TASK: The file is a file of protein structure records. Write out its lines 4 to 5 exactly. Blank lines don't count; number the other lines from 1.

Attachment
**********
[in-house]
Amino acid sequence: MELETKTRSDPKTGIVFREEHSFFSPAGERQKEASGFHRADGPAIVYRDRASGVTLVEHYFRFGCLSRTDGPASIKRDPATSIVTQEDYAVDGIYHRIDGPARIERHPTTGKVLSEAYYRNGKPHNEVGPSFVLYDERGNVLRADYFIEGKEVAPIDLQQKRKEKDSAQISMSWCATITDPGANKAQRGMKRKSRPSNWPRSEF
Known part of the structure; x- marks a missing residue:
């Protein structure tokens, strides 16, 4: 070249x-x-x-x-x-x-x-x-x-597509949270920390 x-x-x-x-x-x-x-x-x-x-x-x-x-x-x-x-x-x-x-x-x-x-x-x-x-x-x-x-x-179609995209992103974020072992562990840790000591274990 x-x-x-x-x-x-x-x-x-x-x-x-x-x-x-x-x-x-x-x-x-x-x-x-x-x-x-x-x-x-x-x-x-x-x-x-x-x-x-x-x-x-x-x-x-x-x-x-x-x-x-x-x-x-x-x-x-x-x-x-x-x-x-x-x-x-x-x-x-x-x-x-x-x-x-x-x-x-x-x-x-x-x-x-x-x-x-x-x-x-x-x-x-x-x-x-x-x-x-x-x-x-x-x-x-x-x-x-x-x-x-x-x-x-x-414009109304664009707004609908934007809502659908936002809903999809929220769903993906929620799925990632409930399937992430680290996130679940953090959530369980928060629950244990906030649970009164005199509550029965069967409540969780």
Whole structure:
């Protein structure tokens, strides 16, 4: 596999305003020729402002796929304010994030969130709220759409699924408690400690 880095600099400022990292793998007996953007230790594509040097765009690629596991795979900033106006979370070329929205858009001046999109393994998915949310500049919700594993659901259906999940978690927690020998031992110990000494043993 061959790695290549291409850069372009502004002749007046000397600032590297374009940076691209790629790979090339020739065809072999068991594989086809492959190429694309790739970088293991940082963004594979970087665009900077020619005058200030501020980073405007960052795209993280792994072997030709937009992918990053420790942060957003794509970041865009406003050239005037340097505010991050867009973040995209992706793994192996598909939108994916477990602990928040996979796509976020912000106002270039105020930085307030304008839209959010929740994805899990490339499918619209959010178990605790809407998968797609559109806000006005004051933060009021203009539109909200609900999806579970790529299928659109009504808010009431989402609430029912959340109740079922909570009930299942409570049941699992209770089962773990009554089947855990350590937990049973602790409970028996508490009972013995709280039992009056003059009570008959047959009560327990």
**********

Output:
């Protein structure tokens, strides 16, 4: 070249x-x-x-x-x-x-x-x-x-597509949270920390 x-x-x-x-x-x-x-x-x-x-x-x-x-x-x-x-x-x-x-x-x-x-x-x-x-x-x-x-x-179609995209992103974020072992562990840790000591274990 x-x-x-x-x-x-x-x-x-x-x-x-x-x-x-x-x-x-x-x-x-x-x-x-x-x-x-x-x-x-x-x-x-x-x-x-x-x-x-x-x-x-x-x-x-x-x-x-x-x-x-x-x-x-x-x-x-x-x-x-x-x-x-x-x-x-x-x-x-x-x-x-x-x-x-x-x-x-x-x-x-x-x-x-x-x-x-x-x-x-x-x-x-x-x-x-x-x-x-x-x-x-x-x-x-x-x-x-x-x-x-x-x-x-x-414009109304664009707004609908934007809502659908936002809903999809929220769903993906929620799925990632409930399937992430680290996130679940953090959530369980928060629950244990906030649970009164005199509550029965069967409540969780």
Whole structure: